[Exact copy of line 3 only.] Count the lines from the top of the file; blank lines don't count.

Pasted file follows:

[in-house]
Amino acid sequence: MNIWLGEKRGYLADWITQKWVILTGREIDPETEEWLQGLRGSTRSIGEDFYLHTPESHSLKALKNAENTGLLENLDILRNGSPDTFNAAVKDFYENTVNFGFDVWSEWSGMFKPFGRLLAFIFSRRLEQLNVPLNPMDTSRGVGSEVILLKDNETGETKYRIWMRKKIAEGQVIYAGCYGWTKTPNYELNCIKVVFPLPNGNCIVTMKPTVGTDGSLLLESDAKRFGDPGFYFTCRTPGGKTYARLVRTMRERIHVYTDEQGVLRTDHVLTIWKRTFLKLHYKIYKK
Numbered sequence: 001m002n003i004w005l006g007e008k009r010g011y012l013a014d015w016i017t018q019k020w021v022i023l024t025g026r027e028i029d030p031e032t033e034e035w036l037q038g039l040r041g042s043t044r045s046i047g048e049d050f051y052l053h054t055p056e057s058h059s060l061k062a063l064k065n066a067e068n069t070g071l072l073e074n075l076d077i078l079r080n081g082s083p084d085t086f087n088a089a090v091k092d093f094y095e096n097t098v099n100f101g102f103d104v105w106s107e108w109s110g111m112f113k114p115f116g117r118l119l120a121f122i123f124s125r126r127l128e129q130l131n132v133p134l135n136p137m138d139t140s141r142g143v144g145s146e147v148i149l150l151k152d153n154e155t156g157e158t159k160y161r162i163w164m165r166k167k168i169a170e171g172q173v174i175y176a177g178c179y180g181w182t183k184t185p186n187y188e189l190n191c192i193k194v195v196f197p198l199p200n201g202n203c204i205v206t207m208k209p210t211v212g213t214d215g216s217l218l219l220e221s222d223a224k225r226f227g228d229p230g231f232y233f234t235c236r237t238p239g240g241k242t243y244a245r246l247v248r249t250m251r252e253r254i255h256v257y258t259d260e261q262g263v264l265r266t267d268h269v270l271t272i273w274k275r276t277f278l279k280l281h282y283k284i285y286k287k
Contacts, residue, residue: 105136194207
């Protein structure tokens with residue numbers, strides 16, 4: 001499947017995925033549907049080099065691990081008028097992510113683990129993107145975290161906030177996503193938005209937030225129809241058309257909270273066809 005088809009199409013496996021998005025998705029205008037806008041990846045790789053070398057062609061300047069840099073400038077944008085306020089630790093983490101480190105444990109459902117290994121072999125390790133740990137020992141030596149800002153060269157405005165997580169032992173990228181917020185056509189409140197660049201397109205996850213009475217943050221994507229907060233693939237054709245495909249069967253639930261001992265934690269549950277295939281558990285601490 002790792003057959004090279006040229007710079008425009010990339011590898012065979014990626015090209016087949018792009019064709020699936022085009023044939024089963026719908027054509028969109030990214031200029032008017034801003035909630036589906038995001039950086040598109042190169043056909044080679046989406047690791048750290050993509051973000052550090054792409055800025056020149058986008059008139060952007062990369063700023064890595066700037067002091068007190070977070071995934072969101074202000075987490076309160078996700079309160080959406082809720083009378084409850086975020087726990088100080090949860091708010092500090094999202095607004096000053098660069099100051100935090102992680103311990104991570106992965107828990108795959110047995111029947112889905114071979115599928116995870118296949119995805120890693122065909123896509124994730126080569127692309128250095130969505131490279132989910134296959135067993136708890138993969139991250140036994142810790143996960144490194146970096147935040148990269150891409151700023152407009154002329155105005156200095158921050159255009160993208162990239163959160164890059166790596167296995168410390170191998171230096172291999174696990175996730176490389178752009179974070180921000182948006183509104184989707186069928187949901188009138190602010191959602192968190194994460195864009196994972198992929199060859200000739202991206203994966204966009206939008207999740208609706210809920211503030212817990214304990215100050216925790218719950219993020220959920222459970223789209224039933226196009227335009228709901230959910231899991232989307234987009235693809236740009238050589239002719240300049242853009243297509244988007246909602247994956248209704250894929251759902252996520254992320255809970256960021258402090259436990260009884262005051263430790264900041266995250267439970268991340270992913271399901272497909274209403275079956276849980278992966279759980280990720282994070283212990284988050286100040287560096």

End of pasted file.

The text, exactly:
Numbered sequence: 001m002n003i004w005l006g007e008k009r010g011y012l013a014d015w016i017t018q019k020w021v022i023l024t025g026r027e028i029d030p031e032t033e034e035w036l037q038g039l040r041g042s043t044r045s046i047g048e049d050f051y052l053h054t055p056e057s058h059s060l061k062a063l064k065n066a067e068n069t070g071l072l073e074n075l076d077i078l079r080n081g082s083p084d085t086f087n088a089a090v091k092d093f094y095e096n097t098v099n100f101g102f103d104v105w106s107e108w109s110g111m112f113k114p115f116g117r118l119l120a121f122i123f124s125r126r127l128e129q130l131n132v133p134l135n136p137m138d139t140s141r142g143v144g145s146e147v148i149l150l151k152d153n154e155t156g157e158t159k160y161r162i163w164m165r166k167k168i169a170e171g172q173v174i175y176a177g178c179y180g181w182t183k184t185p186n187y188e189l190n191c192i193k194v195v196f197p198l199p200n201g202n203c204i205v206t207m208k209p210t211v212g213t214d215g216s217l218l219l220e221s222d223a224k225r226f227g228d229p230g231f232y233f234t235c236r237t238p239g240g241k242t243y244a245r246l247v248r249t250m251r252e253r254i255h256v257y258t259d260e261q262g263v264l265r266t267d268h269v270l271t272i273w274k275r276t277f278l279k280l281h282y283k284i285y286k287k